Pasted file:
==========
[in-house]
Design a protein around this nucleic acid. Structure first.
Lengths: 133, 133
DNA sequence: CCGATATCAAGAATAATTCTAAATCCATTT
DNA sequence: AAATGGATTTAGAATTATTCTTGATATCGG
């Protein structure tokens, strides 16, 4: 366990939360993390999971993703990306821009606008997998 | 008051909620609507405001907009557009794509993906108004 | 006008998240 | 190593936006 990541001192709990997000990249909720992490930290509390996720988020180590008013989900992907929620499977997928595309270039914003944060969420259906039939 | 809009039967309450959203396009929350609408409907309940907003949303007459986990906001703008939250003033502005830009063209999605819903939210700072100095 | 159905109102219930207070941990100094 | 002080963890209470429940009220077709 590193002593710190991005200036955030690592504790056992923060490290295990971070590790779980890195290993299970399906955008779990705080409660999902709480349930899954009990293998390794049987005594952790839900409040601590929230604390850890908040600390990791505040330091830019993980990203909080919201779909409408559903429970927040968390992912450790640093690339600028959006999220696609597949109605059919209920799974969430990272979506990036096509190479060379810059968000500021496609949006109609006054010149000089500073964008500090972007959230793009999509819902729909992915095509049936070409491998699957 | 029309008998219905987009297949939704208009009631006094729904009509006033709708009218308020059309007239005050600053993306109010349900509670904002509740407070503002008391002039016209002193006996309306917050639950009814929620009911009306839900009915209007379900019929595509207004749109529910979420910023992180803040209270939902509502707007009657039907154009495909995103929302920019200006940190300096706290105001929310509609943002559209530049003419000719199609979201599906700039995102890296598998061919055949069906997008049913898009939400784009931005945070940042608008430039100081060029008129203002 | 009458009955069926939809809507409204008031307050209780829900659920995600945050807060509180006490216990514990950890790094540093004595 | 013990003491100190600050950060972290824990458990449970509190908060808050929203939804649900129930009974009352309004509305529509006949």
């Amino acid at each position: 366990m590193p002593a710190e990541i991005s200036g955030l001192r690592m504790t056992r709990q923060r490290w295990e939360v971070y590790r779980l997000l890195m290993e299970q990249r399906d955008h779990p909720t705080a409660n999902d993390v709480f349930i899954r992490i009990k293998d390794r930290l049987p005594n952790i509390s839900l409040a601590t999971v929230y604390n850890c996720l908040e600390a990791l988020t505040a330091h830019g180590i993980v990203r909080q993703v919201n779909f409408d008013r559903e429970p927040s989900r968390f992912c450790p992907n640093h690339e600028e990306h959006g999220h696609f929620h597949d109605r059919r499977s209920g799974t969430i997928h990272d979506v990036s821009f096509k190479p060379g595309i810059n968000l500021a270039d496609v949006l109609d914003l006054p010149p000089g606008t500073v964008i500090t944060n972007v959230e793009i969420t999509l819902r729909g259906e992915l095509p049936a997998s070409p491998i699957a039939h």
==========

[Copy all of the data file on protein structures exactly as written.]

[in-house]
Design a protein around this nucleic acid. Structure first.
Lengths: 133, 133
DNA sequence: CCGATATCAAGAATAATTCTAAATCCATTT
DNA sequence: AAATGGATTTAGAATTATTCTTGATATCGG
């Protein structure tokens, strides 16, 4: 366990939360993390999971993703990306821009606008997998 | 008051909620609507405001907009557009794509993906108004 | 006008998240 | 190593936006 990541001192709990997000990249909720992490930290509390996720988020180590008013989900992907929620499977997928595309270039914003944060969420259906039939 | 809009039967309450959203396009929350609408409907309940907003949303007459986990906001703008939250003033502005830009063209999605819903939210700072100095 | 159905109102219930207070941990100094 | 002080963890209470429940009220077709 590193002593710190991005200036955030690592504790056992923060490290295990971070590790779980890195290993299970399906955008779990705080409660999902709480349930899954009990293998390794049987005594952790839900409040601590929230604390850890908040600390990791505040330091830019993980990203909080919201779909409408559903429970927040968390992912450790640093690339600028959006999220696609597949109605059919209920799974969430990272979506990036096509190479060379810059968000500021496609949006109609006054010149000089500073964008500090972007959230793009999509819902729909992915095509049936070409491998699957 | 029309008998219905987009297949939704208009009631006094729904009509006033709708009218308020059309007239005050600053993306109010349900509670904002509740407070503002008391002039016209002193006996309306917050639950009814929620009911009306839900009915209007379900019929595509207004749109529910979420910023992180803040209270939902509502707007009657039907154009495909995103929302920019200006940190300096706290105001929310509609943002559209530049003419000719199609979201599906700039995102890296598998061919055949069906997008049913898009939400784009931005945070940042608008430039100081060029008129203002 | 009458009955069926939809809507409204008031307050209780829900659920995600945050807060509180006490216990514990950890790094540093004595 | 013990003491100190600050950060972290824990458990449970509190908060808050929203939804649900129930009974009352309004509305529509006949």
């Amino acid at each position: 366990m590193p002593a710190e990541i991005s200036g955030l001192r690592m504790t056992r709990q923060r490290w295990e939360v971070y590790r779980l997000l890195m290993e299970q990249r399906d955008h779990p909720t705080a409660n999902d993390v709480f349930i899954r992490i009990k293998d390794r930290l049987p005594n952790i509390s839900l409040a601590t999971v929230y604390n850890c996720l908040e600390a990791l988020t505040a330091h830019g180590i993980v990203r909080q993703v919201n779909f409408d008013r559903e429970p927040s989900r968390f992912c450790p992907n640093h690339e600028e990306h959006g999220h696609f929620h597949d109605r059919r499977s209920g799974t969430i997928h990272d979506v990036s821009f096509k190479p060379g595309i810059n968000l500021a270039d496609v949006l109609d914003l006054p010149p000089g606008t500073v964008i500090t944060n972007v959230e793009i969420t999509l819902r729909g259906e992915l095509p049936a997998s070409p491998i699957a039939h």